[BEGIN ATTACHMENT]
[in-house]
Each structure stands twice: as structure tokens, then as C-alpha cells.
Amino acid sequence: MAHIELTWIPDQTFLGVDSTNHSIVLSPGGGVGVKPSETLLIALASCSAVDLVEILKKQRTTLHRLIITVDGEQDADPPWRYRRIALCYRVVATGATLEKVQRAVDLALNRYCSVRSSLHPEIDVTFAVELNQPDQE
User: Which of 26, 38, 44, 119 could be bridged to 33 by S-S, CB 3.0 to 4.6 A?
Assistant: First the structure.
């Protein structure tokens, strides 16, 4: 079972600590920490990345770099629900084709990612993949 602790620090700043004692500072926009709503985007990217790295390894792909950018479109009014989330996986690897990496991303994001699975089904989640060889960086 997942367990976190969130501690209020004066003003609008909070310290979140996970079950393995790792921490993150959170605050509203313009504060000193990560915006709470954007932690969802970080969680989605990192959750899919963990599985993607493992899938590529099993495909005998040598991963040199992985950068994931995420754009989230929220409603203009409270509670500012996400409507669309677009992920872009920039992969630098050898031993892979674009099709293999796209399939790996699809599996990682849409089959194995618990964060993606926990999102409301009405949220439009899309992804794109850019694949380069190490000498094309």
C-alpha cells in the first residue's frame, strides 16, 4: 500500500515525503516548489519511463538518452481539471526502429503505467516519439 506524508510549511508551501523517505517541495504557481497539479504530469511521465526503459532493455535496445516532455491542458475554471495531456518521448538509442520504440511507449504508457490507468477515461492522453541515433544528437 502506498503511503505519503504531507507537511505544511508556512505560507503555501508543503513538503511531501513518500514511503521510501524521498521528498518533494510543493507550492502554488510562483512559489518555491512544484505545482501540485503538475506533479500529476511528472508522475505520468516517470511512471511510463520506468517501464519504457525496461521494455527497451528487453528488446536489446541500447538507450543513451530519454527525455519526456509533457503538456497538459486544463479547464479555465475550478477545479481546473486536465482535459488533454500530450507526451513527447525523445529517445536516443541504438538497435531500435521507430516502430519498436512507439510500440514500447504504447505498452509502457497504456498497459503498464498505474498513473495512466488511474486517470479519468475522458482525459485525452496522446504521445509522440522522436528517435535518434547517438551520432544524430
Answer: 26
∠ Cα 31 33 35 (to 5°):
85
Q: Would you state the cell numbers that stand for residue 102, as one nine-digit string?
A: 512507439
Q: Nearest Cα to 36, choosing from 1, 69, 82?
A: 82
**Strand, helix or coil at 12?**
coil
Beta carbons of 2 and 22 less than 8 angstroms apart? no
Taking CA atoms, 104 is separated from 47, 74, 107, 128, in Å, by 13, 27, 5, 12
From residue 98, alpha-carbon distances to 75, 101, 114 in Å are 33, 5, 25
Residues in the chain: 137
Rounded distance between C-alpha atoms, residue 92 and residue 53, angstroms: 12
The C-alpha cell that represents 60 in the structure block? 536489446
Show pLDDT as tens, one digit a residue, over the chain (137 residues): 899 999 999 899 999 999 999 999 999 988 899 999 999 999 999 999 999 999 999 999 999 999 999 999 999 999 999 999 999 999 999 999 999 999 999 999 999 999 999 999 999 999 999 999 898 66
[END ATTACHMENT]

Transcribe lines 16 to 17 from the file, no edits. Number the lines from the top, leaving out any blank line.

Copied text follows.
coil
Beta carbons of 2 and 22 less than 8 angstroms apart? no